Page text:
English Idioms List
This English idioms lists includes expressions which have a main word that begins with the letters "X, Y or Z." If you want to learn idioms that start with other letters of the alphabet: click here to go to the main idioms page.
An idiom is a group of words whose meaning is different from the individual words if you looked them up separately in the dictionary. Here are the most common idioms beginning with these letters - and you'll immediately notice that there are very few idioms that have a main word beginning with "X." This is not surprising since there aren't many words that start with the letter "X."
x marks the spot: an “x” is used to show the exact location (spot) of something.
- As you can see on the diagram, x marks the spot where the murder occurred.
- X marks the spot on the map where we need to go for the archaeological dig.
year after year: every year for many years.
- Year after year my kids give me ugly ties as Christmas gifts.
- I’ve been shopping at this store year after year because the service is so good.
year in, year out: every year for many years.
- He worked at the company year in, year out for decades before he was laid off.
- Year in, year out we used to go to the beach for a month but now it’s too expensive.
(all) year round: during the whole year, happening all year.
- Most people only eat roast turkey and stuffing on Thanksgiving and Christmas but we keep it on the menu all year round at our restaurant.
- The indoor rink allows us to practice skating all year round.
in years: in a long time.
- I hadn’t seen my high school English teacher in years but she looks exactly the same.
- I used to smoke two packs of cigarettes a day but I haven’t had a cigarette in years.
getting on in years: becoming old.
- My mom is getting on in years so we’re building an extra room in our house for her.
- Now that were getting on in years, we’ve decided to spend winters in Florida where it’s warm.
yell bloody murder: to scream really loudly.
- When the thief tried to grab my bag, I yelled bloody murder and he let go and ran away.
- Don’t yell bloody murder just because you break a fingernail—I thought something seriously bad happened to you!
yes, man: someone who always agrees with authority (always says “yes”).
- My boss is a total yes, man so now we have an impossible sales target from upper management.
- It’s funny how brave you are when you complain to us but you become a total yes man when your girlfriend is around.
YOU, YOU’RE, YOURSELF
you can say that again: you strongly agree with something someone said.
- "This pie is delicious." "You can say that again!"
- "The weather is so hot and humid today." "You can say that again."
you can’t take it with you: enjoy life today because you can’t take your money or possessions with you when you die.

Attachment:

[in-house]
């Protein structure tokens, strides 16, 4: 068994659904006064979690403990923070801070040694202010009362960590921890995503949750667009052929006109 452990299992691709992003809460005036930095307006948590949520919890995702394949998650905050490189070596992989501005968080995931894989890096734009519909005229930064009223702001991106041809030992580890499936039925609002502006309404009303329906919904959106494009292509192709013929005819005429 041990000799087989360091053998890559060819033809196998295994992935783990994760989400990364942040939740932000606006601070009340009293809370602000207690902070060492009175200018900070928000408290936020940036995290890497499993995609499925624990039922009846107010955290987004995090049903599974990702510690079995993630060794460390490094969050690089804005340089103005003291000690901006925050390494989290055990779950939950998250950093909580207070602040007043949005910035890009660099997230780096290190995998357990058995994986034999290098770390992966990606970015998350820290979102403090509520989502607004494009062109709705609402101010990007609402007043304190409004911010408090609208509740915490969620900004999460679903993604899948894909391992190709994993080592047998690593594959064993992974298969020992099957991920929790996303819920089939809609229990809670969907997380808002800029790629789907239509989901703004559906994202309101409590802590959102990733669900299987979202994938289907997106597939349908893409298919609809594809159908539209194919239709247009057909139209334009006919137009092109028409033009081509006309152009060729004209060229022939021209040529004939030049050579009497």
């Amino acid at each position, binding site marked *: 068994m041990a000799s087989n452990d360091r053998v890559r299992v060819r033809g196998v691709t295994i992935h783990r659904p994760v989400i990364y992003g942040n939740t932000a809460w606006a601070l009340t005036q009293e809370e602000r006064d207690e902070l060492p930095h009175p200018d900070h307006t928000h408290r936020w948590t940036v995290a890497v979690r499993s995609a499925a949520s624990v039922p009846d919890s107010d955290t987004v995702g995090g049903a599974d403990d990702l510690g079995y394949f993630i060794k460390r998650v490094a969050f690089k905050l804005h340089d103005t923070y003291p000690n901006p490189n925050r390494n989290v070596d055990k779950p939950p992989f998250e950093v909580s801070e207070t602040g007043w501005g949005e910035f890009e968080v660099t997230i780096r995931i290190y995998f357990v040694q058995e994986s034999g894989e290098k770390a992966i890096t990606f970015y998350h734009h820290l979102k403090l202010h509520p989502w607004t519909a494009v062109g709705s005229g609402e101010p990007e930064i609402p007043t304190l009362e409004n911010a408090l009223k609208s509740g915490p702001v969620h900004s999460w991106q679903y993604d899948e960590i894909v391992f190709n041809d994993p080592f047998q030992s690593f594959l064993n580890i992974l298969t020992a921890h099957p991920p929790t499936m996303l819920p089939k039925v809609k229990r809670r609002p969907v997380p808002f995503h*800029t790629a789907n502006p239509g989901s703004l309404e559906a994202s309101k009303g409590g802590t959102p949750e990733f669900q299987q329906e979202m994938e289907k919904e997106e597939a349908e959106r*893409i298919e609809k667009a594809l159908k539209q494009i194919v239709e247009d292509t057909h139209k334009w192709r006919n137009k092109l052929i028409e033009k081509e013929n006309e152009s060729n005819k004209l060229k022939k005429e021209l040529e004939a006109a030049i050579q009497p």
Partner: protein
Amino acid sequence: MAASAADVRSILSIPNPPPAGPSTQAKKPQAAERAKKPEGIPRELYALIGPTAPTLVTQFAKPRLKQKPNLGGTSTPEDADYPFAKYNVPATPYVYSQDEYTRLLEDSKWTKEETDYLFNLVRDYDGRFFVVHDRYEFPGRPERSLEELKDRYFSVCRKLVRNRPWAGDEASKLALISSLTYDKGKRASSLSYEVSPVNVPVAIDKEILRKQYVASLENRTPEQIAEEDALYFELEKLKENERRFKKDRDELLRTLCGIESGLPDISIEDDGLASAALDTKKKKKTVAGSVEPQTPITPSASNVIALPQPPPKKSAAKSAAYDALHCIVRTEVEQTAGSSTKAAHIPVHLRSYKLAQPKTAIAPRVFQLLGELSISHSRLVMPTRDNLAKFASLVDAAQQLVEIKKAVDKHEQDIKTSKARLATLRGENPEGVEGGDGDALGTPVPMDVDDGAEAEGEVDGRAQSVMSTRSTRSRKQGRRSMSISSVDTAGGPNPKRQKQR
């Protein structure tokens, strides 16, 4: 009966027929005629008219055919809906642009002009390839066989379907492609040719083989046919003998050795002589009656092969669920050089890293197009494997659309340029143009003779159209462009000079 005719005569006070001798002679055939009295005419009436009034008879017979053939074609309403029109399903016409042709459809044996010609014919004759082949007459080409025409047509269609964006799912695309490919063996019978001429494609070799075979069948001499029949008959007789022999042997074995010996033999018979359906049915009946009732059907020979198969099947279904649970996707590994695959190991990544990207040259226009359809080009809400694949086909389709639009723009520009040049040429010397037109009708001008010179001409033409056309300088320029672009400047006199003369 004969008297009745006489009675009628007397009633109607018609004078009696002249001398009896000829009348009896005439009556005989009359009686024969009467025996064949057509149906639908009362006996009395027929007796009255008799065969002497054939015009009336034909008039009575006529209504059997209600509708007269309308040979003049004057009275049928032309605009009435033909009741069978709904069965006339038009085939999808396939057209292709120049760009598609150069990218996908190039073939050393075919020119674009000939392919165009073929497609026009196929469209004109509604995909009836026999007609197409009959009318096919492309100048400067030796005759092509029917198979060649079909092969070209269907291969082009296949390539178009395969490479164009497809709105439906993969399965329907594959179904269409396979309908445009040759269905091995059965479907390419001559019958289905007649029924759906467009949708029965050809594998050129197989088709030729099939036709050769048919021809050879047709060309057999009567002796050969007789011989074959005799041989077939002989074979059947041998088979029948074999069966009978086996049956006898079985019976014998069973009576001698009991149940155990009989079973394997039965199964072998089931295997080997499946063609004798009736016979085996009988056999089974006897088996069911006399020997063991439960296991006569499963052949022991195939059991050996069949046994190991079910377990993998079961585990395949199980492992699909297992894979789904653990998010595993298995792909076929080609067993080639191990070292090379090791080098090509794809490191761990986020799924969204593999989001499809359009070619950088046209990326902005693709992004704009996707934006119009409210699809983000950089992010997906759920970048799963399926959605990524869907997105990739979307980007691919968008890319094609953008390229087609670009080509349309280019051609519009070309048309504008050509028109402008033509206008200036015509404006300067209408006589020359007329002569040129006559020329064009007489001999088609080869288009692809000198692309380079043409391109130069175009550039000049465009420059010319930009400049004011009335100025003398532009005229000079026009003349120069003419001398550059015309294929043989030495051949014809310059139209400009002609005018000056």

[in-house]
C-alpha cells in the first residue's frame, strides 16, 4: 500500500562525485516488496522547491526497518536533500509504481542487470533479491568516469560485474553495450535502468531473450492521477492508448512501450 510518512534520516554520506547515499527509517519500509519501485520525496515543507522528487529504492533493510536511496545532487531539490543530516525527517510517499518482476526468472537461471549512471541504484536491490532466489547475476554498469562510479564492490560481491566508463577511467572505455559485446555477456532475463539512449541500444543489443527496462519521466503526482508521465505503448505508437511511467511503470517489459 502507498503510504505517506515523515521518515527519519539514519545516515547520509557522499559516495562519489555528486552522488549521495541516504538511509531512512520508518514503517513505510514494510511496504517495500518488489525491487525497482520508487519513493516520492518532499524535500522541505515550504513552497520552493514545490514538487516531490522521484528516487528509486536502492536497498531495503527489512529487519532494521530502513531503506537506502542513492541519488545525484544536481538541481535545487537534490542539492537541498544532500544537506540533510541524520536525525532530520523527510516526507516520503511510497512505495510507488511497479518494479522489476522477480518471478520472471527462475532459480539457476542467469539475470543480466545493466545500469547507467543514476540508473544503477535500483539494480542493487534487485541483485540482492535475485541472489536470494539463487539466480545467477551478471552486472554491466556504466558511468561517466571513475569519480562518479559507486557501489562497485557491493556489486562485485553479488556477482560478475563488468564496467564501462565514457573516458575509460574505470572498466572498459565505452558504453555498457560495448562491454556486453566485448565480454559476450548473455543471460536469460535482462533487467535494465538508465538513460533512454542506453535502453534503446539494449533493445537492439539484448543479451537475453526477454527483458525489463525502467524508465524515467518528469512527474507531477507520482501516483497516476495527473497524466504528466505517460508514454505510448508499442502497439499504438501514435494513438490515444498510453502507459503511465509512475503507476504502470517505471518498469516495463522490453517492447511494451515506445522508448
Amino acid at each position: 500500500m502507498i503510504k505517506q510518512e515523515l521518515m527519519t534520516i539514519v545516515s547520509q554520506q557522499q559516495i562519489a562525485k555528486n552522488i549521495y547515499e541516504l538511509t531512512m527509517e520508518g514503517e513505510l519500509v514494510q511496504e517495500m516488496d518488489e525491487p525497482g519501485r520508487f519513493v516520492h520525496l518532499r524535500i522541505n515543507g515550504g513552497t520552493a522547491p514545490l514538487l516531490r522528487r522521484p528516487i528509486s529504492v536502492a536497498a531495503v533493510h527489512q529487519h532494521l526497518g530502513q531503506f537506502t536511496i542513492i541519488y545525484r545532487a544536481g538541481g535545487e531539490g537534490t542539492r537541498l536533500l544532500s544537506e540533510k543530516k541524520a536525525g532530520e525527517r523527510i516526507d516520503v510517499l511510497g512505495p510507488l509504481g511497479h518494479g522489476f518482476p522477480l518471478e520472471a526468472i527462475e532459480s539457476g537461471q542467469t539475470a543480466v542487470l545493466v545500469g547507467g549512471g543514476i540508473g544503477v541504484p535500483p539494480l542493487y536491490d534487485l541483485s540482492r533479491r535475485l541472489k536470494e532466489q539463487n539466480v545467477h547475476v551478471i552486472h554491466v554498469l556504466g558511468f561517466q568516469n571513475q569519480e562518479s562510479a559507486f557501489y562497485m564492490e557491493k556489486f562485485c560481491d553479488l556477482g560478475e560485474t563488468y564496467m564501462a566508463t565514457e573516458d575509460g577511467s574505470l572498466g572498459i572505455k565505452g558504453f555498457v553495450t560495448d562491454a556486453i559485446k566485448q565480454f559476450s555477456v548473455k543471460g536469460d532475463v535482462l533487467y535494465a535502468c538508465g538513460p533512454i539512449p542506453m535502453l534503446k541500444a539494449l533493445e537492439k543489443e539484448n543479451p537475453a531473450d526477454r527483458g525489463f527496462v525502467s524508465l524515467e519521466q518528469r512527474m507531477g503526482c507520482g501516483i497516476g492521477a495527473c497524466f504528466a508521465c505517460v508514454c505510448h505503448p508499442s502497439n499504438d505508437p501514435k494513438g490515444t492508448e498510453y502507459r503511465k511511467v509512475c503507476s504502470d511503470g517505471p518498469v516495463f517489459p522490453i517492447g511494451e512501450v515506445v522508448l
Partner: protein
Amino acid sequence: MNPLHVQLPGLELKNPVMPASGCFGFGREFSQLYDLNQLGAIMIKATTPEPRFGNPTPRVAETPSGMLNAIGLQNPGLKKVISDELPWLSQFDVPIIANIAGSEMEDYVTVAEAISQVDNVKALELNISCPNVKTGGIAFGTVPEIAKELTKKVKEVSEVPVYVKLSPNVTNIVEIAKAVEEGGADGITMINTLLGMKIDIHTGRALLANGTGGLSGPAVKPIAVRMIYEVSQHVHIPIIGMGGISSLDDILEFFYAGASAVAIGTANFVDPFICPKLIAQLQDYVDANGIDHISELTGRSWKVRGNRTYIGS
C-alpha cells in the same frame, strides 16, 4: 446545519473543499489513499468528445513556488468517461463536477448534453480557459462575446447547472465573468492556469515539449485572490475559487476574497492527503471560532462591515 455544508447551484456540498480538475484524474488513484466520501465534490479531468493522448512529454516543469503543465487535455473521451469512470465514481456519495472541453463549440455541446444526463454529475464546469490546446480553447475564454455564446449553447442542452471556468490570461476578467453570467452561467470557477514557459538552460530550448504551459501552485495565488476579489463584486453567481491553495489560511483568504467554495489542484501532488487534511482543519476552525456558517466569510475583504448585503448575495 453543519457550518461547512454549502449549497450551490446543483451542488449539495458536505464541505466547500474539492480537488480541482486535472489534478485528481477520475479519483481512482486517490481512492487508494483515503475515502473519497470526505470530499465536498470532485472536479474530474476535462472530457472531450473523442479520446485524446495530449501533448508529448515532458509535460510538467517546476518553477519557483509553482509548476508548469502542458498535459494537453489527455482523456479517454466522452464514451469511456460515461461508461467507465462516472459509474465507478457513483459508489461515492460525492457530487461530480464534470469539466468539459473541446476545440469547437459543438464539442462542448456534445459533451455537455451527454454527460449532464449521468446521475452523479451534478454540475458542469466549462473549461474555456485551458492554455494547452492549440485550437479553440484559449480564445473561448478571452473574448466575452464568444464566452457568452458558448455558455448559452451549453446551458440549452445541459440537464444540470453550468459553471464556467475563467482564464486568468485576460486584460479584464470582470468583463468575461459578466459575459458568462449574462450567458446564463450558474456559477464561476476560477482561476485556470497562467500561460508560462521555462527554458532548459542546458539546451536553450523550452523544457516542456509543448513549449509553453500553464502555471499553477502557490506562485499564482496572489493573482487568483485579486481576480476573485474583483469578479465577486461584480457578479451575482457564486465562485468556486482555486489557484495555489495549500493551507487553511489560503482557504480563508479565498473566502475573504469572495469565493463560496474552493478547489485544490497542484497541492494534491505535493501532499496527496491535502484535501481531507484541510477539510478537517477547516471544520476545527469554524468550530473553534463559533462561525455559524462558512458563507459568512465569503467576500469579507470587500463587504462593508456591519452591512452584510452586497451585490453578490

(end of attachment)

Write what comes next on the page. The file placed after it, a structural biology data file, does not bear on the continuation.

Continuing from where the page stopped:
- Why don’t you ever drive your sports car? You can’t take it with you, ya know?
- I always tell my son to save some of his paycheck and he always responds, “Why? You can’t take it with you.”
you can’t teach an old dog new tricks: the idea that older people can't learn new skills or learn how to do new things.
- My grandfather has 5,000 followers on Twitter and Instagram—who says you can’t teach an old dog new tricks!
you get what to pay for: the price of something usually equals its quality (especially cheap things are of low quality).
It’s true you get what you pay for—this $239 laptop is unbelievably slow.
- How can you expect 5-star quality when you choose to stay at budget motel? You get what you pay for.
you’re toast: you’re in trouble.
- You’re toast when your mom finds out you ruined her blouse.
- You're toast—If you didn’t study for the exam you're going to fail it.
by yourself: all alone.
- If you just want to be by yourself, why don’t you say so?
- Driving you to all of your after school activities takes a lot of my time! I can't wait until you can drive by yourself.
- Do you really want to get an apartment by yourself? It'll be so expensive.
to yourself: Keeping or having something only for you.
- If that’s what you really believe, I suggest you keep your opinions to yourself.
- Are you crazy? You’re always talking to yourself.
yours truly: me, myself.
- "Wow, who cooked all this good food?" "Yours truly."
- That brilliant idea came from yours truly.
zero in on something: to focus or pay attention to one particular thing.
- I think you should zero in on chapter two because it’s the most relevant for your situation.
- There’s a lot we could discuss at the meeting but let’s zero in on project planning first.
zip one's lips: to be silent; to not tell a secret (as if the lips were zipped with a zipper so the person cannot talk).
- I’m going to resign in two weeks but zip your lips please!
- Don’t worry, I’ll zip my lips.
zone out: to not pay attention to things happening around you.
- As soon as my boyfriend talks about sports, I automatically zone out.
- Everyone zones out in the staff meetings or secretly checks Facebook and Twitter.
zoom in on something: to examine or look at something more closely.
- Zoom in on that part of the map; I think I recognize that area.
- I always bring binoculars to the game so I can zoom in on all of the beautiful cheerleaders.
- Did you know you can zoom in on that part of the photo by doing this?
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You can also find many idiom definitions with the different online learner's dictionaries.
Practice from this English idioms list
It's most important for beginning and intermediate students to focus on understanding, rather than using idioms at the beginning. Idioms are a bit tricky and it's easy to make mistakes. But you'll remember them better if you try to form your own sentences and I'm here to help correct any mistakes.
So in the comments section below, please try to use one or two expressions from this English idioms list to create your own sentences.
Main Idioms Page
"X, Y & Z" Idioms